Twelve years ago, Nobel laureate Milton Friedman wrote an “Open Letter to Bill Bennett” warning about the policies that Bennett and former President Bush were advocating to fight drugs: “The path you propose of more police, more jails, use of the military in foreign countries, harsh penalties for drug users, and a whole panoply of repressive measures can only make a bad situation worse. The drug war cannot be won by those tactics without undermining the human liberty and individual freedom that you and I cherish.”

As it’s turned out, Friedman’s words were prophetic: “Every friend of freedom, and I know you are one, must be as revolted as I am by the prospect of turning the United States into an armed camp, by the vision of jails filled with casual drug users and of an army of enforcers empowered to invade the liberty of citizens on slight evidence. A country in which shooting down unidentified planes ‘on suspicion’ can be seriously considered as a drug-war tactic is not the kind of United States that either you or I want to hand on to future generations.”

Last month, American missionary Veronica Bowers, 35, and her 7-month-old newly adopted daughter, Charity, became ground zero in America’s war on drugs when a fighter jet shot a private Cessna seaplane out of the sky over the jungle canopy of Peru. Veronica had been in South America for nearly a decade, raising her children on a houseboat and delivering food, medicine and Bible stories to villagers along the Amazon.

Five people were in the Cessna that morning — the pilot, Veronica, Charity, Veronica’s husband, Jim Bowers, and their adopted son, Cory, 7. provided the details: “Jim Bowers was feeding Charity Cheerios when the Peruvian jet dived toward them. He handed the baby to Veronica. Seconds later, bullets ripped through the cabin — one entering Veronica’s back and going into Charity’s skull. Both died instantly. The plane was thrown into a steep spiral and flames erupted all around them. Seriously wounded in both legs, pilot Kevin Donaldson somehow managed to land the plane. In the chaos, Bowers pulled the bodies of his wife and daughter from the burning wreckage. Bowers and his son perched atop the capsized plane’s pontoons until natives arrived in a canoe half an hour later.”

The downing of the U.S. missionary plane occurred as both President George W. Bush and Peruvian Prime Minister Perez de Cuellar were attending the Summit of the Americas in Quebec City, Canada. Bush explained the American role in the shoot-down: “Our role was simply to pass on information.” Translation: Our role was to have a U.S. surveillance plane track the missionary plane before it was shot down, mistaking it for a drug-smuggling flight, and “pass on information” to the Peruvian air force, information like the plane’s location and tail numbers.

“Our government,” said Bush, “is involved with helping our friends in South America identify airplanes that might be carrying illegal drugs.” Might be. White House spokesman Ari Fleiser said the U.S. crew of CIA-operated surveillance aircraft tracking the missionary plane “did its best to make certain that all the rules were followed.”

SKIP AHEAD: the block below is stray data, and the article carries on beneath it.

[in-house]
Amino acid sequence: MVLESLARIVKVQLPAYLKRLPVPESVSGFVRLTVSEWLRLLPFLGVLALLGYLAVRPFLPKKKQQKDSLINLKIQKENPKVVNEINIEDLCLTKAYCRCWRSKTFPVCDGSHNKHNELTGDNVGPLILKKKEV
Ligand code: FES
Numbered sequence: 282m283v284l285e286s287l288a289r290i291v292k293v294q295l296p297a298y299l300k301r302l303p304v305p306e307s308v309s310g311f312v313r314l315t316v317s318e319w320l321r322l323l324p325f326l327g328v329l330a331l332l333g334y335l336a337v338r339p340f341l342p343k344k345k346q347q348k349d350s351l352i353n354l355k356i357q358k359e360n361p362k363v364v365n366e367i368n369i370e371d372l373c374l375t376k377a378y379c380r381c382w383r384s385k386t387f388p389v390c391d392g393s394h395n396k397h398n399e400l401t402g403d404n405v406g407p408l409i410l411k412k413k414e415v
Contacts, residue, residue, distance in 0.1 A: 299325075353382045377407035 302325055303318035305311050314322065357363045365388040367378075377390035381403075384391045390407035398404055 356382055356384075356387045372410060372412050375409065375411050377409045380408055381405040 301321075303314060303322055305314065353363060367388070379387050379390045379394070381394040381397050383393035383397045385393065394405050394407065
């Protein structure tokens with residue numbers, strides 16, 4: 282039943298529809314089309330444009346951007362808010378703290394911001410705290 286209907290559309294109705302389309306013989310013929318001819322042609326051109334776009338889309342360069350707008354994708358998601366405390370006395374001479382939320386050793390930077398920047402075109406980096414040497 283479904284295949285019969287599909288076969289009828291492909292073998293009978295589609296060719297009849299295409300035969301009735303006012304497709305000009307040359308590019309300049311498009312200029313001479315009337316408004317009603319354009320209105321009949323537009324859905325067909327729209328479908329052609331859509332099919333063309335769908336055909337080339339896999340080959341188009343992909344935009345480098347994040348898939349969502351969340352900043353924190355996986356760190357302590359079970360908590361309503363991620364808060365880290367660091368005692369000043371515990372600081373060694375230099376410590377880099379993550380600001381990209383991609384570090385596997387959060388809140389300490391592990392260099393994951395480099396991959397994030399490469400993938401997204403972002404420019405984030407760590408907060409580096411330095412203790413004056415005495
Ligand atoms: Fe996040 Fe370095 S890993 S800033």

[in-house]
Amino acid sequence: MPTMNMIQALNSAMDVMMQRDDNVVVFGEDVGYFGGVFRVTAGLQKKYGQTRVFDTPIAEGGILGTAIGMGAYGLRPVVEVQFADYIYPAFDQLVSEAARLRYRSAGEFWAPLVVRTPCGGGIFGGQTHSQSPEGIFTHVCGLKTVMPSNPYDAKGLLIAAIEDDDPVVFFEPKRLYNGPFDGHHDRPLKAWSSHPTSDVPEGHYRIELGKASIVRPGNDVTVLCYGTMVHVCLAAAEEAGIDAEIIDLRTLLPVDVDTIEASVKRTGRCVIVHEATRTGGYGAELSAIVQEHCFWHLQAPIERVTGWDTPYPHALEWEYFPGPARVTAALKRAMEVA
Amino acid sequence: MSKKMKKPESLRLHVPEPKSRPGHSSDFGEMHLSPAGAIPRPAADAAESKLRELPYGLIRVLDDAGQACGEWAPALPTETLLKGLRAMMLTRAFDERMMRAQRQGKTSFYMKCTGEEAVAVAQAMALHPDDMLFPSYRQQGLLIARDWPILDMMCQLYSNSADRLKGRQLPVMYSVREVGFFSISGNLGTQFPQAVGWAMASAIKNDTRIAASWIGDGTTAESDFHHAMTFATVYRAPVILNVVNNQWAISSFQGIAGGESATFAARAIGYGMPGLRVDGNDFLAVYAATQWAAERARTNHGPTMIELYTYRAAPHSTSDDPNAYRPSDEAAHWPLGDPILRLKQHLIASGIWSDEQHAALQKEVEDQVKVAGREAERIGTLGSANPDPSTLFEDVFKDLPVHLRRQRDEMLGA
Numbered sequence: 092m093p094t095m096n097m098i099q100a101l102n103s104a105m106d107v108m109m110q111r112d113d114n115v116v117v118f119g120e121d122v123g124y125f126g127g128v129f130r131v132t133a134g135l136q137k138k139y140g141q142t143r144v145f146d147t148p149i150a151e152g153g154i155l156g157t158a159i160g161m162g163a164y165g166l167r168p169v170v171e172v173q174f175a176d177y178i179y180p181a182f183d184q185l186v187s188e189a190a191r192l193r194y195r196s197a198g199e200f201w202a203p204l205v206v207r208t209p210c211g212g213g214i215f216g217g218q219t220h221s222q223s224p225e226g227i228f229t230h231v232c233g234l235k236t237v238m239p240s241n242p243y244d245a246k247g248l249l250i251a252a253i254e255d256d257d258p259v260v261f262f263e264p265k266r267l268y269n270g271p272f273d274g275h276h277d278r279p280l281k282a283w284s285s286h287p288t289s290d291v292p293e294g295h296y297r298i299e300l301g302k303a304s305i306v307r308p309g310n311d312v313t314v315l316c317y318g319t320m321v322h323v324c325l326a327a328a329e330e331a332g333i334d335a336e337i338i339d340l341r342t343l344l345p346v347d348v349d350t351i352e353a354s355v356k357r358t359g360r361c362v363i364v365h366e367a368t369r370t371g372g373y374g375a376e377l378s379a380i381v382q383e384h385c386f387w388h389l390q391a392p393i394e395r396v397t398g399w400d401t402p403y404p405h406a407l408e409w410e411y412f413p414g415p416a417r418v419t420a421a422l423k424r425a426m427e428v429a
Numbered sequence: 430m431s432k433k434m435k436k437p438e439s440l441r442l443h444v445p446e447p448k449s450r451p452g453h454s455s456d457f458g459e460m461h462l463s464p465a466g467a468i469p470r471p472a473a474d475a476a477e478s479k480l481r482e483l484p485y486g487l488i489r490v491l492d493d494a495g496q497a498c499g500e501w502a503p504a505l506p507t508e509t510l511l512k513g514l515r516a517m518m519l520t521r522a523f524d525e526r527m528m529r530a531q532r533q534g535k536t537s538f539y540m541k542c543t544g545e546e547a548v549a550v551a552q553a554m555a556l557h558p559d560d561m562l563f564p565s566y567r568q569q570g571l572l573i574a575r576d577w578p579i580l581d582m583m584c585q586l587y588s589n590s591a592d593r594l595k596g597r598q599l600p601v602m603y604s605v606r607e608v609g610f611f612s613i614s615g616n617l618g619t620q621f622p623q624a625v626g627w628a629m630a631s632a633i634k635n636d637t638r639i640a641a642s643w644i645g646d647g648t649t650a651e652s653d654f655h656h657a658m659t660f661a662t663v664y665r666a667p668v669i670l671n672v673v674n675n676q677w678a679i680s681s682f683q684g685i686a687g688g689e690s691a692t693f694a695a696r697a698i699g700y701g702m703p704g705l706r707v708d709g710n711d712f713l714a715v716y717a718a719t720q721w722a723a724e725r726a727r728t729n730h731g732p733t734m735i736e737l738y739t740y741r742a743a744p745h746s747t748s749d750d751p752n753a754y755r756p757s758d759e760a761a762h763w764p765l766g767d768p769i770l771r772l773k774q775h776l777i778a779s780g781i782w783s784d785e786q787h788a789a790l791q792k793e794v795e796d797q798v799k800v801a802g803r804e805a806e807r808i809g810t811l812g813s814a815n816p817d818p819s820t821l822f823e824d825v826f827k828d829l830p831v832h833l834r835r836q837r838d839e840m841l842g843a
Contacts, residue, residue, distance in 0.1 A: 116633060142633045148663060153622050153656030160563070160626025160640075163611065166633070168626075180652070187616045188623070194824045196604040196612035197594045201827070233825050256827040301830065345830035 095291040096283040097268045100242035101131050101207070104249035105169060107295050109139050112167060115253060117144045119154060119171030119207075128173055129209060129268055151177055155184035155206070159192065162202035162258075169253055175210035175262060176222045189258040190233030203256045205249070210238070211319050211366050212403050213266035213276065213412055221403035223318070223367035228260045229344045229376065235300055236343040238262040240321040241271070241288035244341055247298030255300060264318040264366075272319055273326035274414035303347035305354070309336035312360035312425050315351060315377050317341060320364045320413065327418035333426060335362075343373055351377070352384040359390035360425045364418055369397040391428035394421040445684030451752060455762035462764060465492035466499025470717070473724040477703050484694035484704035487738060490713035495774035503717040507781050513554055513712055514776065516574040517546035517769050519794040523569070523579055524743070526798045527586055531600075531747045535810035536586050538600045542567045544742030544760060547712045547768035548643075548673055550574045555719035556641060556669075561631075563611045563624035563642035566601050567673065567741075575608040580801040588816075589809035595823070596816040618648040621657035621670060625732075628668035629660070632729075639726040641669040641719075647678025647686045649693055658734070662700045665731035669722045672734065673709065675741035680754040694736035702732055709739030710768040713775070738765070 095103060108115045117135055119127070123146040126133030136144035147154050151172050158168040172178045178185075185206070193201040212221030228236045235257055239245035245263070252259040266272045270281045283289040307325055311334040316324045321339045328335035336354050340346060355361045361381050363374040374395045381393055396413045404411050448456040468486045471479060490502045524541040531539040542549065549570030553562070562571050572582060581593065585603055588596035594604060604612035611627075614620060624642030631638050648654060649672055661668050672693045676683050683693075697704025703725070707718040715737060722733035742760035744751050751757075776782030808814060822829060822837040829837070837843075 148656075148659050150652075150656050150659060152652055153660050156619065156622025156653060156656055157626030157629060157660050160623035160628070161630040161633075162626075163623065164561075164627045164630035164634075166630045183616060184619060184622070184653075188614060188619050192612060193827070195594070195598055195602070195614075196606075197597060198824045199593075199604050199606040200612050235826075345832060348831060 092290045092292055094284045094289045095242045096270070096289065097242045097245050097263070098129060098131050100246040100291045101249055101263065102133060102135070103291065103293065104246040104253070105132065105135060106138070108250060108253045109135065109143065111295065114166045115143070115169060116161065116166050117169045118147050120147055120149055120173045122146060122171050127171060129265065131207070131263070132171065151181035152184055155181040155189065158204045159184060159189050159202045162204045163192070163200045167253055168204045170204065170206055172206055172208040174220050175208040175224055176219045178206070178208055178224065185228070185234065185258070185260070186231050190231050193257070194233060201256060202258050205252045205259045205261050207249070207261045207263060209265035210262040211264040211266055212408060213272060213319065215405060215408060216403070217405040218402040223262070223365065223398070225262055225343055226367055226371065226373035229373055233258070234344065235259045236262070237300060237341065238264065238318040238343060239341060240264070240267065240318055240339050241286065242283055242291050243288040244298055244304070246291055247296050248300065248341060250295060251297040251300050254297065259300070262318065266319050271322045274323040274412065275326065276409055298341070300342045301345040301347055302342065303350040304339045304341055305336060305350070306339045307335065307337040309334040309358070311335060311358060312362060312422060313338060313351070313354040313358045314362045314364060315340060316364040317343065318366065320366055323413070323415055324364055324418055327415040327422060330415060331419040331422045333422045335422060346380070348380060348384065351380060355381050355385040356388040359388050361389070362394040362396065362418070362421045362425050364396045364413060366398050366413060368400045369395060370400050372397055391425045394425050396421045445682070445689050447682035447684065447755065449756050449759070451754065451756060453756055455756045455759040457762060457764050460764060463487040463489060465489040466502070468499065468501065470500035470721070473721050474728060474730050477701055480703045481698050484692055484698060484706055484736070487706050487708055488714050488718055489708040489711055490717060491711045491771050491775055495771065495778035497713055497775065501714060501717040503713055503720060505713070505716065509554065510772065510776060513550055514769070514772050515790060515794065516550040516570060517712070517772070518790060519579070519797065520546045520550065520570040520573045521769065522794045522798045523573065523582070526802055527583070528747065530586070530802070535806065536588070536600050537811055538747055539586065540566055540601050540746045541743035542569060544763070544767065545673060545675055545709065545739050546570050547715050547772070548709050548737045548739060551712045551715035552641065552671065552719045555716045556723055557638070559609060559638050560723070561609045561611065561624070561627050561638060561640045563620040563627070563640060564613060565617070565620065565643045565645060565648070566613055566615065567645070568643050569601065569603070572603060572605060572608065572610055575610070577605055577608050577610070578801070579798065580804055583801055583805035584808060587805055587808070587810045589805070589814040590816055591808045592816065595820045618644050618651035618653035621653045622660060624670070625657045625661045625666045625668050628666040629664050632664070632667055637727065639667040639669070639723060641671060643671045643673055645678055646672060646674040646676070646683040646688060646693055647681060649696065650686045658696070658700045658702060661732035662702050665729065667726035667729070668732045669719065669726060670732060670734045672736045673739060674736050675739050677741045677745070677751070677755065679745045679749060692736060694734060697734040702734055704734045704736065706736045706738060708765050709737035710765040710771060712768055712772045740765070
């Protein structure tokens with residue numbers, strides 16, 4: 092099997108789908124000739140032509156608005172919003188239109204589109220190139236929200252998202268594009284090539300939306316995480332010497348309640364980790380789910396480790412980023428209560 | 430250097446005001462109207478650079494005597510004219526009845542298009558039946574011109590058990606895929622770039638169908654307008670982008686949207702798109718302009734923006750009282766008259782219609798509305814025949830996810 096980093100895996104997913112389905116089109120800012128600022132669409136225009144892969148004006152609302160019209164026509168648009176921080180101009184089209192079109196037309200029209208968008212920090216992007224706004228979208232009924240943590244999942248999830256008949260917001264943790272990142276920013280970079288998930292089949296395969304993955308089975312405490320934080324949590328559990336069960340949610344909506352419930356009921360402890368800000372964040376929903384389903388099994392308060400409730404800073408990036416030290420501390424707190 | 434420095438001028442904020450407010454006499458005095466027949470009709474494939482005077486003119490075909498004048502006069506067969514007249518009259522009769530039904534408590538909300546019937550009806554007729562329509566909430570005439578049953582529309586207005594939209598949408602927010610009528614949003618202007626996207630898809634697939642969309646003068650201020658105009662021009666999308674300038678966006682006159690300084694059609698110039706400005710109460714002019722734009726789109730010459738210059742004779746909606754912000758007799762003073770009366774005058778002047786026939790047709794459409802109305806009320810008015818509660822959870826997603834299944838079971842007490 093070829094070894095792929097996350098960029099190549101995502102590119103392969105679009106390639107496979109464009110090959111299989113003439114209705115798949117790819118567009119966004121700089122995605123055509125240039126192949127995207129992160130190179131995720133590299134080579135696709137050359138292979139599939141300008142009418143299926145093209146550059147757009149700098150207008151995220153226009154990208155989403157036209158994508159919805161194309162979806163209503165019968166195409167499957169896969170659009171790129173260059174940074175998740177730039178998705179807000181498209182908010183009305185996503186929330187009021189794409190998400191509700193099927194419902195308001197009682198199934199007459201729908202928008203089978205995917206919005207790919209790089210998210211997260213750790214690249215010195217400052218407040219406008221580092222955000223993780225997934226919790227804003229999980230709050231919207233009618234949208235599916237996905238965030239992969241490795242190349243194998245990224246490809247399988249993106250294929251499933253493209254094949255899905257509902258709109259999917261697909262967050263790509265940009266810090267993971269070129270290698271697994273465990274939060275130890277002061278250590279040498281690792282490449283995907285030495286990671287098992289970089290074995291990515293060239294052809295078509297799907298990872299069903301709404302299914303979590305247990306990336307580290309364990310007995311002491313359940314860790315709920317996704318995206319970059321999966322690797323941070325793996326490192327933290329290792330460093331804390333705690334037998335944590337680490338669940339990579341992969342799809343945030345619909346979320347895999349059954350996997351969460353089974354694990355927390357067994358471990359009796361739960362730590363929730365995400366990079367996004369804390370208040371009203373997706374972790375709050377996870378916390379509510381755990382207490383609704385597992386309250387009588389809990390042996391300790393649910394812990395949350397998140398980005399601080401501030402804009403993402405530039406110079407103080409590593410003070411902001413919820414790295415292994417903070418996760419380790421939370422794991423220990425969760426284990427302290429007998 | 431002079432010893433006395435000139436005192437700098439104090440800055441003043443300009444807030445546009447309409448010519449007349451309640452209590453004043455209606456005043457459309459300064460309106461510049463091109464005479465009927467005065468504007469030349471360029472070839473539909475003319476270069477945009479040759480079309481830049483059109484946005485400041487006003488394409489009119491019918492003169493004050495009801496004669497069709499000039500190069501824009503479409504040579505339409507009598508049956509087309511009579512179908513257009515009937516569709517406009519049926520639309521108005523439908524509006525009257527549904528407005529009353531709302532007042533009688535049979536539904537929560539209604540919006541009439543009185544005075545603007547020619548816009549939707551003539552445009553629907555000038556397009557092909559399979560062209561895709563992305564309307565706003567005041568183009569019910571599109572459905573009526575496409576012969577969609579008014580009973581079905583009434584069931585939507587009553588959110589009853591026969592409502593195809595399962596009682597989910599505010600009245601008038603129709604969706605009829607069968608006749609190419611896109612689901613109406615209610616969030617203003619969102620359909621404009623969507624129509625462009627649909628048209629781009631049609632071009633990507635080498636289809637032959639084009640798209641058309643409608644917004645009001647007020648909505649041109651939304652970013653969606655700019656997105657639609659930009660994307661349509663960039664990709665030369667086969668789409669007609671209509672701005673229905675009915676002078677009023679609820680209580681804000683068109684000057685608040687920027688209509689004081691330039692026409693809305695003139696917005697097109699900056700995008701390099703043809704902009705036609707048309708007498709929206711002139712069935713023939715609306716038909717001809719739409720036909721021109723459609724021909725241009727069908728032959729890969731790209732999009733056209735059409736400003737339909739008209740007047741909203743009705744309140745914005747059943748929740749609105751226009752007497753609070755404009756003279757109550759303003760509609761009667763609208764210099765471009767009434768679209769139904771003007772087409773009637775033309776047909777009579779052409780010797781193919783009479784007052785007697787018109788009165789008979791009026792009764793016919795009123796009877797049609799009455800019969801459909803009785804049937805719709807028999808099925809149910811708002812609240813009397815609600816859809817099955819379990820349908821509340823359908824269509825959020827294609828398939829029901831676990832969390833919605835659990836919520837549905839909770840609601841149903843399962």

Closer to home, Pedro Oregon Navarro is also no longer among the living. It was 1:40 a.m. when six members of Houston’s anti-gang task force barged into Navarro’s home and shot him to death. They thought they were raiding the home of a drug dealer but they were mistaken.

Timothy Lynch at the Cato Institute’s Center for Constitutional Studies tells the story: “It all began when two police officers pulled over a car occupied by three young men. One of the occupants was placed under arrest for public intoxication. Now in serious trouble because he was already on probation for a previous drug offense, the street-wise arrestee thought fast. He told the officers that he would give them the name and address of a drug dealer if they would just let him go. The cops agreed. The drunk told them a bunch of lies and gave them Navarro’s address.”

Making no attempt to corroborate the information, the two police officers called for a back-up of four more cops and set out for Navarro’s address. “When Navarro’s brother-in-law opened the door, the police rushed in,” reports Lynch. “Navarro, who’d been asleep for several hours, heard the ruckus and grabbed a handgun he kept in his bedroom. It was all over in just a few moments. The police kicked in his bedroom door and bullets started flying. Navarro was shot 12 times. His own gun was never fired.”

And so, after decades of studies showing that treatment is far more effective in reducing drug use than are midnight raids, jails, informants, wiretapping, racial profiling, property confiscation, border interdiction and shooting down planes over Peru, here we go again, one more time, with George W. Bush’s nomination of John Walters as our next drug czar, a shoot-’em-down and lock-’em-up guy who says it’s an “all too common myth” that we have too many small-time drug users in prison, a guy who’s declared that treatment for drug addiction is just “the latest manifestation of the liberals’ commitment to a therapeutic state.”

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